Farm Biosecurity produces a bi-monthly digest of the latest news and advancements in on-farm biosecurityLearn more
This fact sheet has been prepared for pig producers to assist in the control of mosquitoes in piggeries. It was developed in March 2022 by the Japanese encephalitis Vector Management Group – consisting of agriculture and health agencies, and the pork industry.Learn more
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The best defence against pests and diseases is to implement sound biosecurity practices on your farm. Quick and simple measures built into everyday practice will help protect your farm and your future.
Almost anything moved onto your property can be a potential source of pests and diseases for livestock and plants. Monitor animals or plant materials that enter the property, as well as sources of water, feed and fertiliser.Continue reading
Responsibility for biosecurity doesn’t end when plant products or animals leave the farm gate. The measures in place on your property support biosecurity in your region.Continue reading
Feral animals, plant pests and weeds are a widespread nuisance but can also cause harm to your business, so they need to be actively controlled.Continue reading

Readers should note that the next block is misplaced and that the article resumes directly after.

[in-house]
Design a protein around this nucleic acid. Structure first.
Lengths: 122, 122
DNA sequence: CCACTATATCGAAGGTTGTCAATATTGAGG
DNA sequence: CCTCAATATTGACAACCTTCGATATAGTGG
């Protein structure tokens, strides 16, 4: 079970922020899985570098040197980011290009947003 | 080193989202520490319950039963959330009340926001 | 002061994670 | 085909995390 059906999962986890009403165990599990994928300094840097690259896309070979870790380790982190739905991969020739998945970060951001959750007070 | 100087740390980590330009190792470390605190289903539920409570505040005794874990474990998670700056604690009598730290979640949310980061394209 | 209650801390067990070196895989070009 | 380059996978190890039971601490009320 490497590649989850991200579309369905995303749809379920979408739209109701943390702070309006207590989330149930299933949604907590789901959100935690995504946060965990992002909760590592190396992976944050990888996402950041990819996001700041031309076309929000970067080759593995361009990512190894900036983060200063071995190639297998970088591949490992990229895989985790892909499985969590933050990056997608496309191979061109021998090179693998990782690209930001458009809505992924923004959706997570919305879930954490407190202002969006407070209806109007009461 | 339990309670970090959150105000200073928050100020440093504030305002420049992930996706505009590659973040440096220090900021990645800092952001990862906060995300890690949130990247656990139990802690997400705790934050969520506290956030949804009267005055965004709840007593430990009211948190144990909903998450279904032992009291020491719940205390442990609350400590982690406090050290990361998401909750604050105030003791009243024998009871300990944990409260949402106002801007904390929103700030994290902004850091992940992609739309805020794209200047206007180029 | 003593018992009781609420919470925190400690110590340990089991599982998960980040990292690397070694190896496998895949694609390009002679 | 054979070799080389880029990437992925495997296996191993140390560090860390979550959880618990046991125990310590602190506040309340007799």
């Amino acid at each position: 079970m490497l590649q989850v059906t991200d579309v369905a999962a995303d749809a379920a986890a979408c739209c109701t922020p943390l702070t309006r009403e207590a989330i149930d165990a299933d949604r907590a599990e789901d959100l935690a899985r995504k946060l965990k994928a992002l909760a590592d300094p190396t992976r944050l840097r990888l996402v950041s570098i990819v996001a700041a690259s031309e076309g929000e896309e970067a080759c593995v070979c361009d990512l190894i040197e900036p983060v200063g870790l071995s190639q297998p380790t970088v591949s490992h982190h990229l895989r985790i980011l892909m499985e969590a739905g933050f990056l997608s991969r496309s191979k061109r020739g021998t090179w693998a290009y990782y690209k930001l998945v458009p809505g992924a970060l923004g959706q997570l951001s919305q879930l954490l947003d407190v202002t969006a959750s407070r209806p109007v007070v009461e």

If it can move, it can carry diseases, pests and weeds. That's why people, vehicles and equipment pose a high biosecurity risk and should be managed accordingly.Continue reading
Good on-farm hygiene reduces the risk of spreading pests and diseases. You can implement simple hygiene practices with feed and water sources, product packaging, storage facilities, livestock husbandry, waste materials and plant propagation.Continue reading
Ensure that staff are well trained and that you have the ability to trace where animals or plants have come from and where they went. Keep accurate records of purchases, sales and movements.Continue reading
As part of an upcoming campaign video to promote the Farm Biosecurity Program, an initiative lead by Plant Health Australia (PHA) and Animal Health Australia (AHA), we visited Gundamain Pastoral Co in Eugowra, NSW, to get footage of the daily lives of two prominent farmers and their commitment to strong biosecurity practices.